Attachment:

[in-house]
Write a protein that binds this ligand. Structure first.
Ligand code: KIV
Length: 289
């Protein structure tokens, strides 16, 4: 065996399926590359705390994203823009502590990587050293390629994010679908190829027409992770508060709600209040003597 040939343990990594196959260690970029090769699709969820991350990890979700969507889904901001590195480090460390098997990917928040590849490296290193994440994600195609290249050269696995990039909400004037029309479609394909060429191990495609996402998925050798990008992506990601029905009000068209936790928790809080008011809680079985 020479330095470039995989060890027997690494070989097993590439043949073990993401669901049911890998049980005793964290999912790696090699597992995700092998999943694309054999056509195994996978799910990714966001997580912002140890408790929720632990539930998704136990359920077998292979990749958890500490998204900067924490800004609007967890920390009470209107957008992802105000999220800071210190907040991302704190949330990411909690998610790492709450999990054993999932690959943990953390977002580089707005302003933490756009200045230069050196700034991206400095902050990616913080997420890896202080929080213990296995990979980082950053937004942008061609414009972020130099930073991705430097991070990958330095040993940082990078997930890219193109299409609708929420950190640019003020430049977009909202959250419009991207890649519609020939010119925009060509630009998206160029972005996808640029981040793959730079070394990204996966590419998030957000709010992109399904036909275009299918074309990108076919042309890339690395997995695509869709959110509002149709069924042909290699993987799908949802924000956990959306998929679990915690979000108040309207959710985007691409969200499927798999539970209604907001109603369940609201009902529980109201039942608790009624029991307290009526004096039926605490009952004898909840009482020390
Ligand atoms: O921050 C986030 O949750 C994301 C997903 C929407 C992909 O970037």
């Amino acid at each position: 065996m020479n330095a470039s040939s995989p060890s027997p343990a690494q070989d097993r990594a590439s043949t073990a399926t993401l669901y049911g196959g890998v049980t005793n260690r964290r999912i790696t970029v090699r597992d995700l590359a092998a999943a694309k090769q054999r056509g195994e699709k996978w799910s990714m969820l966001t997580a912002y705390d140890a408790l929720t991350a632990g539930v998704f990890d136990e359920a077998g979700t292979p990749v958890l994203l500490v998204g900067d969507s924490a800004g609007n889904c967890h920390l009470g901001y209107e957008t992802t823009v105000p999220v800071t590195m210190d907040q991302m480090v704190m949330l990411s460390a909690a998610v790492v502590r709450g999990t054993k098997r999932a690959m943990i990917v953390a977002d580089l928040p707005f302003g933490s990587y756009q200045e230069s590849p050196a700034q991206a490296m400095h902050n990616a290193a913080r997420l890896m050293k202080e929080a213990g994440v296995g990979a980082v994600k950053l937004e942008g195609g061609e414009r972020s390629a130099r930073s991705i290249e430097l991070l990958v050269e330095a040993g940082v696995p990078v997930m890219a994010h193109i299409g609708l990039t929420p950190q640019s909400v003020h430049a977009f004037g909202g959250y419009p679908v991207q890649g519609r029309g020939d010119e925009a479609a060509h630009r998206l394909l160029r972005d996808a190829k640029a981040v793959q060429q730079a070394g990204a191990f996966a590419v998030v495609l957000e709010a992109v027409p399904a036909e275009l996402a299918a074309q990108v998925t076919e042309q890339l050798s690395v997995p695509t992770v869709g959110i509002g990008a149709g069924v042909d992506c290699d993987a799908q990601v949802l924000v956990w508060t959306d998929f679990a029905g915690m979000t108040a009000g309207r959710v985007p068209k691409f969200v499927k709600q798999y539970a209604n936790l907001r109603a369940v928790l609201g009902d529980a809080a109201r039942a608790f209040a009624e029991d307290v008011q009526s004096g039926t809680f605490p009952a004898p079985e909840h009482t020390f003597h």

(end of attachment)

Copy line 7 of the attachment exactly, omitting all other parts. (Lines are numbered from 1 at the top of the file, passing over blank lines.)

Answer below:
């Amino acid at each position: 065996m020479n330095a470039s040939s995989p060890s027997p343990a690494q070989d097993r990594a590439s043949t073990a399926t993401l669901y049911g196959g890998v049980t005793n260690r964290r999912i790696t970029v090699r597992d995700l590359a092998a999943a694309k090769q054999r056509g195994e699709k996978w799910s990714m969820l966001t997580a912002y705390d140890a408790l929720t991350a632990g539930v998704f990890d136990e359920a077998g979700t292979p990749v958890l994203l500490v998204g900067d969507s924490a800004g609007n889904c967890h920390l009470g901001y209107e957008t992802t823009v105000p999220v800071t590195m210190d907040q991302m480090v704190m949330l990411s460390a909690a998610v790492v502590r709450g999990t054993k098997r999932a690959m943990i990917v953390a977002d580089l928040p707005f302003g933490s990587y756009q200045e230069s590849p050196a700034q991206a490296m400095h902050n990616a290193a913080r997420l890896m050293k202080e929080a213990g994440v296995g990979a980082v994600k950053l937004e942008g195609g061609e414009r972020s390629a130099r930073s991705i290249e430097l991070l990958v050269e330095a040993g940082v696995p990078v997930m890219a994010h193109i299409g609708l990039t929420p950190q640019s909400v003020h430049a977009f004037g909202g959250y419009p679908v991207q890649g519609r029309g020939d010119e925009a479609a060509h630009r998206l394909l160029r972005d996808a190829k640029a981040v793959q060429q730079a070394g990204a191990f996966a590419v998030v495609l957000e709010a992109v027409p399904a036909e275009l996402a299918a074309q990108v998925t076919e042309q890339l050798s690395v997995p695509t992770v869709g959110i509002g990008a149709g069924v042909d992506c290699d993987a799908q990601v949802l924000v956990w508060t959306d998929f679990a029905g915690m979000t108040a009000g309207r959710v985007p068209k691409f969200v499927k709600q798999y539970a209604n936790l907001r109603a369940v928790l609201g009902d529980a809080a109201r039942a608790f209040a009624e029991d307290v008011q009526s004096g039926t809680f605490p009952a004898p079985e909840h009482t020390f003597h």